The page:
So many elements factor into a customer’s experience with a brand or business. From marketing to customer service to the retail environment — all of these components come together to influence how customers feel about a brand. And if this experience fails to meet expectations, you can pretty much guarantee they’ll go elsewhere — well, at least 76 percent of them.
So it’s no wonder why 89 percent of companies currently use customer experience as a way to stand out in the marketplace. Few, however, succeed. When asked, people say that just 8 percent of brands deliver a “superior experience.”
If these numbers are true, focusing on customer experience may not be enough — unless, of course, you know your customers, and knowing your customers often comes down to data. Without access to customer data and a practice for collecting, mining, and applying it to your marketing practice, you run the risks of failing to meet expectations and becoming irrelevant to your customer base.
Today, 63 percent of customers expect brands to deliver new products and services more frequently than in the past, while another 70 percent of customers expect brands to understand how they use products and services. But getting to know customers isn’t as easy as it once was.
In Brands We Trust
Customers are starting to realize that their data is the new oil. It has significant value, which has led to a growing customer demand to get something in return for brand access to it. In fact, 58 percent of consumers are now considered “data pragmatists,” in that they won’t allow access unless there’s some sort of benefit. Think an email address for a free media service or phone locations in exchange for exclusive deals in the immediate area.
Even with a potential perk, consumers still need to trust a brand, and the unavoidable truth is that trust is hard won — and easily lost. That’s why it’s so important to give customers the ability to opt in or out of sharing certain information. Sure, give them a reason to say yes, but put the ultimate decision where it belongs: in their hands.
Equally critical, if not more so, is the application of this data. Once you gain access, break down those organizational silos and get the data into the hands of employees who will leverage the information in meaningful and responsible ways.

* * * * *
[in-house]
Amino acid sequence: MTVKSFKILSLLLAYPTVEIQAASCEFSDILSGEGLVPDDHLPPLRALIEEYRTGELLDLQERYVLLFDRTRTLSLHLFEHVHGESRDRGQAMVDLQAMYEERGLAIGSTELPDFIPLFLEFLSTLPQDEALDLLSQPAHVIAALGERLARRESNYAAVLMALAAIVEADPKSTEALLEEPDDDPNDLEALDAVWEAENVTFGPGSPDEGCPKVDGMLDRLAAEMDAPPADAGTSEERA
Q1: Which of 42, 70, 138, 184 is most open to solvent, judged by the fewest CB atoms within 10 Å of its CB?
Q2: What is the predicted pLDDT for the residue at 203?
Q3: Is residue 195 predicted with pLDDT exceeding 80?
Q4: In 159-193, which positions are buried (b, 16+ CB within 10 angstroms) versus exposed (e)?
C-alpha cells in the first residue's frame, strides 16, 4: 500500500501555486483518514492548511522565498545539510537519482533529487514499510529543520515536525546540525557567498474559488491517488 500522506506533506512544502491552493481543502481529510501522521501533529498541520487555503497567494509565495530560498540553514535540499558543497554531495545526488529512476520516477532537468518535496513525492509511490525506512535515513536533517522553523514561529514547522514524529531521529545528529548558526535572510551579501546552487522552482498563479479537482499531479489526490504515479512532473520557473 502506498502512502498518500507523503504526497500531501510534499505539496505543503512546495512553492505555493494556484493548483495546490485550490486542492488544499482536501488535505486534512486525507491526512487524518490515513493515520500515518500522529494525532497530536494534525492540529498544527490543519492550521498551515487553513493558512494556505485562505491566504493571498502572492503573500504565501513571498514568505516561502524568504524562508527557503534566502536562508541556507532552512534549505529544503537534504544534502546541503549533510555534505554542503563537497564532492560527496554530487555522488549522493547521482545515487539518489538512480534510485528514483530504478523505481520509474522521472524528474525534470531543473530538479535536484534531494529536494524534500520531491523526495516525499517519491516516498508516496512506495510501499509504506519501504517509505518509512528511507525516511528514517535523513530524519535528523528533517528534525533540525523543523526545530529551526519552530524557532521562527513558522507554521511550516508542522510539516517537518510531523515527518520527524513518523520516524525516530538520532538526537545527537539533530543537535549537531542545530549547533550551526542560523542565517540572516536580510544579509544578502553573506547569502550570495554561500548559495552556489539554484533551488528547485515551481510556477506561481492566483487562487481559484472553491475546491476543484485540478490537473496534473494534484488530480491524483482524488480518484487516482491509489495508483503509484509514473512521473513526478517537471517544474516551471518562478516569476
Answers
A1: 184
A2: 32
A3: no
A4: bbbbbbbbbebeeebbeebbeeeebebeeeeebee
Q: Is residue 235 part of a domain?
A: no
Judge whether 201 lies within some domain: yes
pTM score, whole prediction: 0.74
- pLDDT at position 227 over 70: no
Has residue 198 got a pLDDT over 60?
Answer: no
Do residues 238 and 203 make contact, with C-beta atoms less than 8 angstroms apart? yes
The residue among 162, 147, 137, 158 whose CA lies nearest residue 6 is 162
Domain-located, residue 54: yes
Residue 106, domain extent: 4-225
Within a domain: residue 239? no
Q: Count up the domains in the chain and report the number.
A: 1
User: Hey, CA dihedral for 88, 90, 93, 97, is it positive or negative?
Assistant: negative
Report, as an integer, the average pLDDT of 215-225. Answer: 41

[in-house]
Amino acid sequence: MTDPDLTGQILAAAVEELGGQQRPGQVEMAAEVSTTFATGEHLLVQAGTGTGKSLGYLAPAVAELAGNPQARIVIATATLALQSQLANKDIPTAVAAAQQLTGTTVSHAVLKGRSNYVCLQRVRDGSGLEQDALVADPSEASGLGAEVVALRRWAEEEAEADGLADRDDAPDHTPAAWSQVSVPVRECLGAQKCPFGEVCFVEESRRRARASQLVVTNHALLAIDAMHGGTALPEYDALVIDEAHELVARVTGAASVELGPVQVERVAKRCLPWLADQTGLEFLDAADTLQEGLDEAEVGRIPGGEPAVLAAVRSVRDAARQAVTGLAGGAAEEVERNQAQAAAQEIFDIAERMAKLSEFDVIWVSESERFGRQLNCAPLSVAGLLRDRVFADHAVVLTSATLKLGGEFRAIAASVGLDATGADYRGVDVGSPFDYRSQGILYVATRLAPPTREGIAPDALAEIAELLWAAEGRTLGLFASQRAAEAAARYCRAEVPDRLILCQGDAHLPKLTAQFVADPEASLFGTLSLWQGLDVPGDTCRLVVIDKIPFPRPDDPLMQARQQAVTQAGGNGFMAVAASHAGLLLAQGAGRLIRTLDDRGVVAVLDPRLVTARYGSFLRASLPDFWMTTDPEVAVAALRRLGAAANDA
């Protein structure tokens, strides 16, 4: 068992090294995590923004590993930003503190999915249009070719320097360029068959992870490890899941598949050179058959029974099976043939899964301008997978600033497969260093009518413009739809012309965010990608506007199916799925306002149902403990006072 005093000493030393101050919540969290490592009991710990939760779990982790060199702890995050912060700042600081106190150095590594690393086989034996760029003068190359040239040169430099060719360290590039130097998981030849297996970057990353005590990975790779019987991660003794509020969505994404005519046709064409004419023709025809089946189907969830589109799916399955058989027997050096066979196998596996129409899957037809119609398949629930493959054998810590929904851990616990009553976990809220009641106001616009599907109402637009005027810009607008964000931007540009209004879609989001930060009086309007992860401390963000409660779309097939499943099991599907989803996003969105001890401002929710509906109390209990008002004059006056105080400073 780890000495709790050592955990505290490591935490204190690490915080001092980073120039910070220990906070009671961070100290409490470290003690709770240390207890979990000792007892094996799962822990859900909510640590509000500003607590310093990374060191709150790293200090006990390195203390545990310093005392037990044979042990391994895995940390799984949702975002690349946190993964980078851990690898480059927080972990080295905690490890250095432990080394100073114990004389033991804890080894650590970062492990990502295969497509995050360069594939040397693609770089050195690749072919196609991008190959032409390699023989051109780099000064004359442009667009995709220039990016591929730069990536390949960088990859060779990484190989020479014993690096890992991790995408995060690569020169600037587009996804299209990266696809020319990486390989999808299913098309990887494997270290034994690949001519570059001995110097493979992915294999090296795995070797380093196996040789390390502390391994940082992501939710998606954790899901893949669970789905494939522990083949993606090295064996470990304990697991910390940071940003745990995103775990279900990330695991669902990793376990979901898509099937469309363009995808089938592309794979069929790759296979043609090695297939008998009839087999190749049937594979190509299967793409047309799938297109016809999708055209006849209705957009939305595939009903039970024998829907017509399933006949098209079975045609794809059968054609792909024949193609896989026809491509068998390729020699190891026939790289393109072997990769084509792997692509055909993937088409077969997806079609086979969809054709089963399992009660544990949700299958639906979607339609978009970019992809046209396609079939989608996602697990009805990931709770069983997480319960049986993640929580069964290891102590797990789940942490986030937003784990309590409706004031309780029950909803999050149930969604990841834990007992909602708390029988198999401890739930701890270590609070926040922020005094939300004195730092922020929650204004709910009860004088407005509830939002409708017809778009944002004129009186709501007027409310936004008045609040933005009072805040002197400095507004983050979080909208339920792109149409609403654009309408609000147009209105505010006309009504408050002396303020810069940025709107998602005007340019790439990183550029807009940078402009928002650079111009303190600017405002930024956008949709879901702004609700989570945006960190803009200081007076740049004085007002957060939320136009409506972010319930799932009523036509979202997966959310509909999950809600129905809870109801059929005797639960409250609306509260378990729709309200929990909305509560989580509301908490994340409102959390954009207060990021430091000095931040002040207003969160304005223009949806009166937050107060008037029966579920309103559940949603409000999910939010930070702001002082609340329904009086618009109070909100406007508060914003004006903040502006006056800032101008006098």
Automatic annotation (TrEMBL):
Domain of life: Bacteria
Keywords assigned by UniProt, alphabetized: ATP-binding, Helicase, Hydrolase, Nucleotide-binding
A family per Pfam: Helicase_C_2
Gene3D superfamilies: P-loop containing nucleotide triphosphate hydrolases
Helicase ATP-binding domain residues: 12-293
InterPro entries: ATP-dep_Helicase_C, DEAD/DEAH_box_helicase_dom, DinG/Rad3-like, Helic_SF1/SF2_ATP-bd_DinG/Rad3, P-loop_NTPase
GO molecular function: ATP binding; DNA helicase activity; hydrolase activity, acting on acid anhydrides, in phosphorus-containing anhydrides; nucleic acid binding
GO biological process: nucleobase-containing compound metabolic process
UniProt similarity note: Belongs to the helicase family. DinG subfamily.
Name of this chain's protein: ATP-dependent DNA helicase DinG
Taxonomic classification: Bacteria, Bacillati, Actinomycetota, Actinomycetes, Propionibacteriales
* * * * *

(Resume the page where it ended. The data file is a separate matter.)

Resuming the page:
The financial services industry presents one of the most meaningful use cases when it comes to data: On one hand, it’s ripe for opportunity with access to troves of data treasure. On the other, this data is often the most protected by customers. Fintech disruptors are a considerable threat to traditional banks here, as they are more narrowly focused, nimble, and birthed in a time of modern data practice.
One such example is MoneyLion, a mobile finance platform that uses personal finance data and advanced algorithms to understand the spending habits of its members. In turn, the platform offers personalized recommendations to members on how to save money, which credit cards best match their spending habits, and more. The app also notifies users when they’re likely to make an overdraft, where there are affordable deals in the area, and how to capitalize on offers like free tax preparation.
A more traditional bank making headway in its use of customer data is Barclays, a British multinational investment bank that took a slightly different approach. Instead of focusing on the financial health of members, it’s trying to make banking easier and fairer by allowing customers to view their accounts at other banks through a new feature on its mobile app. The goal is to improve the transparency for financial products.
What Comes With Value
Nailing down that value exchange is critical to capturing the data you want from your customers. It is also a core activation of customer data, one of many that can become the foundation for a loyal customer base.
Which leads us to the question of the hour: How can financial service brands maximize the value they provide in exchange for customer data to establish long-term loyalty from consumers? The following are often a good place to start:
1. Learn. If you’re going to collect information on your customers, recognize that they are people and use the data to get to know them better. Take the time to understand their needs and goals, then make product recommendations that make sense to that specific individual. After all, not every customer follows the same path to purchase, so the same would hold true for their finances.
2. Build. In financial services, there are always opportunities to grow your relationships with existing customers. One of the most effective methods is cross-selling and even supplementing your products and services with new ones. If you’ve taken the time to get to know your base, the necessary additions should be obvious. Those will help you grow your share of wallet.
3. Teach. Look at how people spend money and use your findings to educate customers. Help them get a better understanding of their financial behavior. If they take your instructions to heart, the result could be healthier financial habits and greater financial security — all owing to your institution.
Any time you collect data, make sure you have worked through how it ultimately improves your understanding of the customer and their experience with your organization. Data is a powerful tool for earning trust among both prospective and existing customers. Using customer data to get to know them and to provide a more customized experience will determine whether customers become loyal and eventually advocate for the brand, which can result in five times more business.
It’s pretty hard to argue with that.